Another Chinese scholar, Lu Jianren of the Chinese Academy of Social Sciences in Beijing, said the Philippines’ trade with China improved during the term of then President Fidel Ramos, as trade barriers with China were removed and the volume of trade hit the $1 billion mark.

Liao said the Philippines needs to "upgrade its economic structure in order to enhance competitiveness."

"It can be expected that with the advantages of geographic proximity and traditional close contacts, the Philippines will definitely be one of the major destinations of capital outflow if its investment environment can be further improved," Liao said.

An area of potential concern, according to the scholars, is the Philippine government’s North Rail project, which China is financing through a loan.

Some lawmakers have alleged that the contract contained anomalous provisions. The allegations formed part of the impeachment complaints against Mrs. Arroyo, which were eventually dismissed by the House of Representatives.

However, the Senate vowed to conduct an inquiry into the allegations, and based its arguments on a study conducted by academicians from the University of the Philippines that was commissioned by the President’s ally-turned-foe Senate President Franklin Drilon.

Malacañang has vowed to push through with the project, which involves the rehabilitation of the old railroad system that connects Metro Manila to Northern Luzon.

Liao said there is a lack of mutual understanding between China and the Philippines and this has contributed to the problems faced by the two countries.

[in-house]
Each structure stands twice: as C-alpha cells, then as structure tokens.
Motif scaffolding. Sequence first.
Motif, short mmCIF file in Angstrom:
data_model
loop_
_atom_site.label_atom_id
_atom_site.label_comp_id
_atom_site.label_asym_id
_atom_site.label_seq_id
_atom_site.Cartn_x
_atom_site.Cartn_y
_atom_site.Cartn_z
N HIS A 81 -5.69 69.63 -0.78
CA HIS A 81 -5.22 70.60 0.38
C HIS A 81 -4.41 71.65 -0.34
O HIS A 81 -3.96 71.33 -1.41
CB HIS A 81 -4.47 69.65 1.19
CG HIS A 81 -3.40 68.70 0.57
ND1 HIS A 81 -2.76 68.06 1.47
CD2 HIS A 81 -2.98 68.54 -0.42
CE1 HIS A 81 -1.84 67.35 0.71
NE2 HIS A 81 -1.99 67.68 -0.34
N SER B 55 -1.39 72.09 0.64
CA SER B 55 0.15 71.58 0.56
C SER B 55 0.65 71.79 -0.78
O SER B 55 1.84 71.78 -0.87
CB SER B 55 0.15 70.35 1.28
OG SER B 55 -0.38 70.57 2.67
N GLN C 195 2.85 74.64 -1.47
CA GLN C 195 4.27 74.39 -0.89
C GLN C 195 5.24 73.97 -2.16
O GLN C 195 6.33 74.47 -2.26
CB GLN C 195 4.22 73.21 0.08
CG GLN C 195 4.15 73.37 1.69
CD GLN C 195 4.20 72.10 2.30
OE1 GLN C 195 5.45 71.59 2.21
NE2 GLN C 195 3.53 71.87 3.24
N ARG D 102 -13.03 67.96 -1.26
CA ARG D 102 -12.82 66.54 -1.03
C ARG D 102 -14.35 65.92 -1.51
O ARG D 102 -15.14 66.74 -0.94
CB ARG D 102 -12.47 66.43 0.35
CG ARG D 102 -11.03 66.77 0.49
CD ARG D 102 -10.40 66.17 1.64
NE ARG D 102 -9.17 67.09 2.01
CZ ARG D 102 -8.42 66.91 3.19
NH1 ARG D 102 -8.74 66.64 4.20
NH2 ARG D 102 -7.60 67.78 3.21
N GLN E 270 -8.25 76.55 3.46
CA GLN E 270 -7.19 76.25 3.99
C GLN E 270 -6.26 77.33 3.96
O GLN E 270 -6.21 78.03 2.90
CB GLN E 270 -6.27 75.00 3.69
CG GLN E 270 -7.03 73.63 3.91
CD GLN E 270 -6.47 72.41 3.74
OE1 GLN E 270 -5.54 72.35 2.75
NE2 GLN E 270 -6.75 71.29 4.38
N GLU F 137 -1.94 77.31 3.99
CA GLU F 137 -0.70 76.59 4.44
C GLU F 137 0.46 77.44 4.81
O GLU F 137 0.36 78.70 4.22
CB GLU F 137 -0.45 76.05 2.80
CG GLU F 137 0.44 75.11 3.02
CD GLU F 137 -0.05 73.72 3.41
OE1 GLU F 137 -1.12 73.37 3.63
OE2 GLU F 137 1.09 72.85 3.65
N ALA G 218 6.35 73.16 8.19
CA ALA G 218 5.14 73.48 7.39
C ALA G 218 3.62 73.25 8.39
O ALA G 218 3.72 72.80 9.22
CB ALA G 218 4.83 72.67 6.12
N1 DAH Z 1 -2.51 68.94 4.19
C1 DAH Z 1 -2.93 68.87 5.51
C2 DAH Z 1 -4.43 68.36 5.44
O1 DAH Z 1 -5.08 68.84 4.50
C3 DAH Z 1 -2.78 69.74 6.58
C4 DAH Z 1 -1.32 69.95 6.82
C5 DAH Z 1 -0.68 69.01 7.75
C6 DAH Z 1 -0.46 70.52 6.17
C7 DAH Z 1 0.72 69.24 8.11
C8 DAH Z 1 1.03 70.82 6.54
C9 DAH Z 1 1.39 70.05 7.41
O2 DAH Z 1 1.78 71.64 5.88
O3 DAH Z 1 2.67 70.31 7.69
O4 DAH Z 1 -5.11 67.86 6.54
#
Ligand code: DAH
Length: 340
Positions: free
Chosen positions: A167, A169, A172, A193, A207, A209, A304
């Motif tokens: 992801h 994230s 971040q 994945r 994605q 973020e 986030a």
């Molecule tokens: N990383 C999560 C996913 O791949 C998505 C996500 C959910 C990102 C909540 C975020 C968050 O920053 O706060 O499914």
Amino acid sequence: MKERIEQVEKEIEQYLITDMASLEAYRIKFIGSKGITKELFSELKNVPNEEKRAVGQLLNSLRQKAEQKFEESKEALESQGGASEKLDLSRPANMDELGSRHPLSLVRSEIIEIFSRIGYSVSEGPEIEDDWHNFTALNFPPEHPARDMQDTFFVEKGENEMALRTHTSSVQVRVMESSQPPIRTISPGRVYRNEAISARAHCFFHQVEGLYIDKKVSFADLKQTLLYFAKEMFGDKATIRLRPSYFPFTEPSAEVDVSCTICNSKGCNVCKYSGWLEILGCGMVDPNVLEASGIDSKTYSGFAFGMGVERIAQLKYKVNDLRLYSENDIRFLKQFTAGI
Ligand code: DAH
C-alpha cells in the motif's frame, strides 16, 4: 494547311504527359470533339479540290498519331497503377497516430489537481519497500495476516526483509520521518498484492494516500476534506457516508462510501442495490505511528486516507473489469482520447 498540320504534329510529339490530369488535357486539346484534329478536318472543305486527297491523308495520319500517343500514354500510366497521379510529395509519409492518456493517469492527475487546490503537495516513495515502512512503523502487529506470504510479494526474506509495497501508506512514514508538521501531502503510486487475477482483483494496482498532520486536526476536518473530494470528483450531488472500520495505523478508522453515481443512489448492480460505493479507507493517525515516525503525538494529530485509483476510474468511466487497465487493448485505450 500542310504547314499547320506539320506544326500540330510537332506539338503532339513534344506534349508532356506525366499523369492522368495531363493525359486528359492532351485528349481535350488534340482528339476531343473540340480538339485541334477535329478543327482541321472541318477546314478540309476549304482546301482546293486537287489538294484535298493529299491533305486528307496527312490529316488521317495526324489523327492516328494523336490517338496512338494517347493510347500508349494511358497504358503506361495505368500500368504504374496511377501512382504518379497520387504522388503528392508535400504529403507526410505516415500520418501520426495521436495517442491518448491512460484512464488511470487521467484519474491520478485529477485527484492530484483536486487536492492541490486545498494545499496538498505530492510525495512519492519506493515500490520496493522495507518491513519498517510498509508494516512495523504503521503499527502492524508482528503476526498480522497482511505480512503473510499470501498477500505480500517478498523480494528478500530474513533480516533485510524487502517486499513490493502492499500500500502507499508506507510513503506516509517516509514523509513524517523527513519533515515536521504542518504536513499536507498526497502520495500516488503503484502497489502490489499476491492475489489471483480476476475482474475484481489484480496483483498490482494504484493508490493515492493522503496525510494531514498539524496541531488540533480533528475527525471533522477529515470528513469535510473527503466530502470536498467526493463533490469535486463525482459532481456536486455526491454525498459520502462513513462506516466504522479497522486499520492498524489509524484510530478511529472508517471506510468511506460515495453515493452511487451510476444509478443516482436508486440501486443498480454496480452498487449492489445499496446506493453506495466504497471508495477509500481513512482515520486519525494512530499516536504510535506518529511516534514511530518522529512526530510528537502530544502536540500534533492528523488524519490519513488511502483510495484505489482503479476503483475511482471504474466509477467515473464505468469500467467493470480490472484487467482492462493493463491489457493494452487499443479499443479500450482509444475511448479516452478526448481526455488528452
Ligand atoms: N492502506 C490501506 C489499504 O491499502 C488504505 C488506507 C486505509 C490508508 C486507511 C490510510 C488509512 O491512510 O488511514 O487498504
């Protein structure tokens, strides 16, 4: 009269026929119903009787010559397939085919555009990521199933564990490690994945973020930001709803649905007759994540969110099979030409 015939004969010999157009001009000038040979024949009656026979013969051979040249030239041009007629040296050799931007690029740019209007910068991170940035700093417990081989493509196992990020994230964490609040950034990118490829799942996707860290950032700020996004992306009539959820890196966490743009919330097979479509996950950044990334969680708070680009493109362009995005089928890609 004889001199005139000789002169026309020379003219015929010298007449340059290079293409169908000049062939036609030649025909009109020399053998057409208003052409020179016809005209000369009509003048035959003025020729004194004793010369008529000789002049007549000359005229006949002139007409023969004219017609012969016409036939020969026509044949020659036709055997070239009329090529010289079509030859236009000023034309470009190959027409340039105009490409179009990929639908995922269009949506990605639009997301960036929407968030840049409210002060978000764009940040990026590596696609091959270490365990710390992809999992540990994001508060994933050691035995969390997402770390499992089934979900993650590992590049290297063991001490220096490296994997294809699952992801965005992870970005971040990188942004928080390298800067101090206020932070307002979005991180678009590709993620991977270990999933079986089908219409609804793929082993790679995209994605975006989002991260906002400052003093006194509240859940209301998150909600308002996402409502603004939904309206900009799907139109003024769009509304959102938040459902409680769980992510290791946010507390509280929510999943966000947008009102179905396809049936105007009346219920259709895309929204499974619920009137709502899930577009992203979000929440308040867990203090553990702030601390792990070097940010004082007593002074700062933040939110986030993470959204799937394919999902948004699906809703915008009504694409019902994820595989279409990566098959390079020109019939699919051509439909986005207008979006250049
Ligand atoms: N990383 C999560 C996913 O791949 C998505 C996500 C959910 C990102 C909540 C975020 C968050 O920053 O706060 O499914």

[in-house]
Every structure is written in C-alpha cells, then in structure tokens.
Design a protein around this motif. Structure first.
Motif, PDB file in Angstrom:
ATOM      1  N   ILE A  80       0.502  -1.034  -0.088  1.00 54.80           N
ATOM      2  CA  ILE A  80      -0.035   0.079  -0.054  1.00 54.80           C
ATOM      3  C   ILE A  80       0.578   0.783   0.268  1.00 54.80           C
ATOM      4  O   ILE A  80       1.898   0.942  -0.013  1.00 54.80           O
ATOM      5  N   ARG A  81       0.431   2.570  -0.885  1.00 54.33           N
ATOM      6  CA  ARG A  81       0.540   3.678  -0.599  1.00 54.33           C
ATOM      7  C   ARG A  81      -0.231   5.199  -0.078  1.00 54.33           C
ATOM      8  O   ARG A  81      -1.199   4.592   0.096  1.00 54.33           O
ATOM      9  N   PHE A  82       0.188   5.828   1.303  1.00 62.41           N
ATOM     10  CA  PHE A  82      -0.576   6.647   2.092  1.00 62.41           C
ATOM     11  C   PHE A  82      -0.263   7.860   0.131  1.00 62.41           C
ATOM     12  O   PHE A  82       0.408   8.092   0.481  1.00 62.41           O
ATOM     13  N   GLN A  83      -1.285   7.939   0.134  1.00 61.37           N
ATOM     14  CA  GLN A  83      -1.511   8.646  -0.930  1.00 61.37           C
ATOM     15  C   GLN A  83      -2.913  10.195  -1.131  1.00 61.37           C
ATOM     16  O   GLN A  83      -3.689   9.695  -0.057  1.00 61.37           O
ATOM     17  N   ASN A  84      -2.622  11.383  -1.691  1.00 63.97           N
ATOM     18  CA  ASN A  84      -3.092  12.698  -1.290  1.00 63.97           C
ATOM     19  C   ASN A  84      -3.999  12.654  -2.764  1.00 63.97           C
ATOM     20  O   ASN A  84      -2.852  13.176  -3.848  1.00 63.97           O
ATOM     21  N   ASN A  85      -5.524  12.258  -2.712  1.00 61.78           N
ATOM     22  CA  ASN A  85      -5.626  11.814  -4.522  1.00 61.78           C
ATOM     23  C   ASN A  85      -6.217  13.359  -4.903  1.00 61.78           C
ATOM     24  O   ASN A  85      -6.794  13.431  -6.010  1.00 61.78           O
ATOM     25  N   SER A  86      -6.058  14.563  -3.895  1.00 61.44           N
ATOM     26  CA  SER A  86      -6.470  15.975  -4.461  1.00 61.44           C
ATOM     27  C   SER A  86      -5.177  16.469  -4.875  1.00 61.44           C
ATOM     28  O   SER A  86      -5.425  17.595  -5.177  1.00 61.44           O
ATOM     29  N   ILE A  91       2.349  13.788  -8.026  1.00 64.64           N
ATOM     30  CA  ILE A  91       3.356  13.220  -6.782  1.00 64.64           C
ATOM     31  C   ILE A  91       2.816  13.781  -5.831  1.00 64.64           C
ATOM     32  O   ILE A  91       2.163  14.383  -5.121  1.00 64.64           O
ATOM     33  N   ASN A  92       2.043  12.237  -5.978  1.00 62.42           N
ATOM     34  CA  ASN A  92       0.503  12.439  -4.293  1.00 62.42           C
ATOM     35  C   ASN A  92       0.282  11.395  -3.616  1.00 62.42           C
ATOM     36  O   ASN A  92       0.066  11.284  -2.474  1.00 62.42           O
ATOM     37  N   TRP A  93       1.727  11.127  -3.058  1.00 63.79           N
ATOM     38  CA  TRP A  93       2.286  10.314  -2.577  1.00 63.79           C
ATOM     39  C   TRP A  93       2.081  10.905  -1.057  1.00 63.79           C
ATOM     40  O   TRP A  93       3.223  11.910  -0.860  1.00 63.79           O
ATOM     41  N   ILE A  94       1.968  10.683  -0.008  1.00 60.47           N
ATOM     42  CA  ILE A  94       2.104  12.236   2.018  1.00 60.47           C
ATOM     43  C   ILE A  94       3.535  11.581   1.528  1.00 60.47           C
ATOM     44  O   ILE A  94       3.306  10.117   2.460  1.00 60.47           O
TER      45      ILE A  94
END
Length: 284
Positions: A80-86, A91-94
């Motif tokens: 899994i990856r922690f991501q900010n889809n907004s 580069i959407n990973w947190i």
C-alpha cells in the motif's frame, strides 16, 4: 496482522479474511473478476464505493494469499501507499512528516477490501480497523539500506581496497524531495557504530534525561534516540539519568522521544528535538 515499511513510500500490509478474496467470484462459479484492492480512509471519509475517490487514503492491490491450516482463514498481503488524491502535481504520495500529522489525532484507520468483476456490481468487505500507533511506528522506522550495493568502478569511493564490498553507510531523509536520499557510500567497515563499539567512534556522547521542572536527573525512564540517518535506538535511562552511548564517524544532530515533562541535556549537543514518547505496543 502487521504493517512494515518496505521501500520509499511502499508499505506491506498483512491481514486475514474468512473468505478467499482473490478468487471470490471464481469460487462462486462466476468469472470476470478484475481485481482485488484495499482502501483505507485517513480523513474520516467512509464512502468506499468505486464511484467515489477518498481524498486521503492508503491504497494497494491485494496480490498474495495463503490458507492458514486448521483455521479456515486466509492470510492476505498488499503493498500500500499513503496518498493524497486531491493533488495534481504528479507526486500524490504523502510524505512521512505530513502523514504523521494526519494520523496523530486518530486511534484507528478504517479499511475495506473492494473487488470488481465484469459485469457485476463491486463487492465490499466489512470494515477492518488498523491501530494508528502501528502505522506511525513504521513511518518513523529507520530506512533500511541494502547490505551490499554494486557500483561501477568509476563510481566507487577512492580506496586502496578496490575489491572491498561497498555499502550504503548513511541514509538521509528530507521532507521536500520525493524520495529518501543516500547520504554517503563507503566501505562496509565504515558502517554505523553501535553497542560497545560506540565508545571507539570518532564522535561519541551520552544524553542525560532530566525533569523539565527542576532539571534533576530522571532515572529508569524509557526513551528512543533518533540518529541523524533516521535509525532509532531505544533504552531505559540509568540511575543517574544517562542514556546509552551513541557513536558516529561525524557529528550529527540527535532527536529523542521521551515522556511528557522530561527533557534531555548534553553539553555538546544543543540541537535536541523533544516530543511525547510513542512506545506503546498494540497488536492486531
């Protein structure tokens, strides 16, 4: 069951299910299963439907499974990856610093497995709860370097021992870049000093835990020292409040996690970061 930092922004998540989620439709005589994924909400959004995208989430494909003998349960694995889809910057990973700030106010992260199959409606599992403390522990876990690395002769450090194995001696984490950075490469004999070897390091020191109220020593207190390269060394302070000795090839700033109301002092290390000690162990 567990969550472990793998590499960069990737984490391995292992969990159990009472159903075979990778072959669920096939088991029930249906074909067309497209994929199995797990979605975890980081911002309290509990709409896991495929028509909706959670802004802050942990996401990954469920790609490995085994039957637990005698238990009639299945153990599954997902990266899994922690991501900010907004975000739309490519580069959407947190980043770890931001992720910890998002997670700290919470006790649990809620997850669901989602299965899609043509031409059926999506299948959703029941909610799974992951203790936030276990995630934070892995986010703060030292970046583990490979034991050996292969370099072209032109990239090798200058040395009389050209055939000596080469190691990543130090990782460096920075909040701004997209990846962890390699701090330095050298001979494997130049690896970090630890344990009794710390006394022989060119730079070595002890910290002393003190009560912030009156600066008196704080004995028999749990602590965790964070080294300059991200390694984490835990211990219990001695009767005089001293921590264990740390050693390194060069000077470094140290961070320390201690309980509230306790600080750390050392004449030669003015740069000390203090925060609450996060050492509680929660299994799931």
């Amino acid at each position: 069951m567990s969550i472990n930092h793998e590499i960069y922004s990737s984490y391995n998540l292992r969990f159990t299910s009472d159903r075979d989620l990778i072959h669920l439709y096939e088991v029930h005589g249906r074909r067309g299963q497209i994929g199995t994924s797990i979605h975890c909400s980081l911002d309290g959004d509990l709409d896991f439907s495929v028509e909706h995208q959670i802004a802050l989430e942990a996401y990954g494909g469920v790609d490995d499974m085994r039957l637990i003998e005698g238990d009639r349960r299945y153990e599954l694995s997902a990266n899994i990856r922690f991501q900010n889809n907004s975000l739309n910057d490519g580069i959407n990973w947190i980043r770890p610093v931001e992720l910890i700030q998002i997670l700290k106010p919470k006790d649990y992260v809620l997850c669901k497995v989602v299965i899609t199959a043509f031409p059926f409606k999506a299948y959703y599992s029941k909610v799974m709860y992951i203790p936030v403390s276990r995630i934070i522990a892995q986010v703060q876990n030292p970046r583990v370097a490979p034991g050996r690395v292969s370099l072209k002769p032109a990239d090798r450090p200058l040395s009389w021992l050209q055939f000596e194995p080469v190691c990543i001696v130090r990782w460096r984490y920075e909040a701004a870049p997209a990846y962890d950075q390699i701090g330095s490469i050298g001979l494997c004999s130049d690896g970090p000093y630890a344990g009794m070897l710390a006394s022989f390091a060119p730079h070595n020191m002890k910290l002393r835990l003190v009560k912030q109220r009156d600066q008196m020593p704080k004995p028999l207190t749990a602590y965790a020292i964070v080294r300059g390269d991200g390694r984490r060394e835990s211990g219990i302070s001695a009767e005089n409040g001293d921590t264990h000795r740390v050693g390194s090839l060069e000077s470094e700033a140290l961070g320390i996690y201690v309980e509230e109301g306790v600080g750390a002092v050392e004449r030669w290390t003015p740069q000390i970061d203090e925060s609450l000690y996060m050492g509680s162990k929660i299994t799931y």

He said there is still very little knowledge of the Philippine market among Chinese businessmen.

"At present, there is still a lack of mutual understanding. For the Chinese side, little information is available on the Philippine market and investment environment," Liao said.

He said that the Chinese government has made a strong effort to encourage investments overseas and even embarked on a series of decentralization measures to encourage and support eligible enterprises of various kinds of ownership structures to invest abroad.

As of March 2003, a total of 40 Chinese companies had been established in the Philippines with an actual investment of $16.4 million.

Liao noted that the Philippines and China have several potential areas that they could work on to improve trade relations — agriculture, mining, manufacturing and tourism.

He said the Philippines should enhance its hybrid rice production by importing more seeds from China until it reaches self-sufficiency.